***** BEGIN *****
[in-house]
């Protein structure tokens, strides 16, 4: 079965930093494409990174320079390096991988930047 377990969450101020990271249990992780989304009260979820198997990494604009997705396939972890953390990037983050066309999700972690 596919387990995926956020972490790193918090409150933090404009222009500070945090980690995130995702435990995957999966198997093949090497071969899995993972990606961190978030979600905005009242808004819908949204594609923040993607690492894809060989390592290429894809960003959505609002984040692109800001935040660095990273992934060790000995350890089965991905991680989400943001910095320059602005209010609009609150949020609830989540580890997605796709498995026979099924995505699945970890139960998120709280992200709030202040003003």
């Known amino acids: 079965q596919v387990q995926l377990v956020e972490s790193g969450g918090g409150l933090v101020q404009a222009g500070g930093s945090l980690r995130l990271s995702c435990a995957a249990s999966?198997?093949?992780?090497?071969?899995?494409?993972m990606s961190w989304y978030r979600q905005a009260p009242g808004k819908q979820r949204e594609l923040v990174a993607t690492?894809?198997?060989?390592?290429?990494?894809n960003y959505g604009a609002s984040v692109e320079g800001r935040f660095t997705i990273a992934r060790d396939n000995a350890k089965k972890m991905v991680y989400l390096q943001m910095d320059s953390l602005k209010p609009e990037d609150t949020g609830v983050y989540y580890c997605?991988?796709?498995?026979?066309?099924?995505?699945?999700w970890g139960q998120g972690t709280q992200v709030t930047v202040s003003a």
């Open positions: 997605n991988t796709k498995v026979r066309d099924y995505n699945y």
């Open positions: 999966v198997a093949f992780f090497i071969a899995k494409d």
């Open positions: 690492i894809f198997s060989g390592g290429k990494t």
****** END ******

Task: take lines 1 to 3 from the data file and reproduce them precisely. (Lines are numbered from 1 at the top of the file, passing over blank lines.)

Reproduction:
[in-house]
């Protein structure tokens, strides 16, 4: 079965930093494409990174320079390096991988930047 377990969450101020990271249990992780989304009260979820198997990494604009997705396939972890953390990037983050066309999700972690 596919387990995926956020972490790193918090409150933090404009222009500070945090980690995130995702435990995957999966198997093949090497071969899995993972990606961190978030979600905005009242808004819908949204594609923040993607690492894809060989390592290429894809960003959505609002984040692109800001935040660095990273992934060790000995350890089965991905991680989400943001910095320059602005209010609009609150949020609830989540580890997605796709498995026979099924995505699945970890139960998120709280992200709030202040003003």
């Known amino acids: 079965q596919v387990q995926l377990v956020e972490s790193g969450g918090g409150l933090v101020q404009a222009g500070g930093s945090l980690r995130l990271s995702c435990a995957a249990s999966?198997?093949?992780?090497?071969?899995?494409?993972m990606s961190w989304y978030r979600q905005a009260p009242g808004k819908q979820r949204e594609l923040v990174a993607t690492?894809?198997?060989?390592?290429?990494?894809n960003y959505g604009a609002s984040v692109e320079g800001r935040f660095t997705i990273a992934r060790d396939n000995a350890k089965k972890m991905v991680y989400l390096q943001m910095d320059s953390l602005k209010p609009e990037d609150t949020g609830v983050y989540y580890c997605?991988?796709?498995?026979?066309?099924?995505?699945?999700w970890g139960q998120g972690t709280q992200v709030t930047v202040s003003a």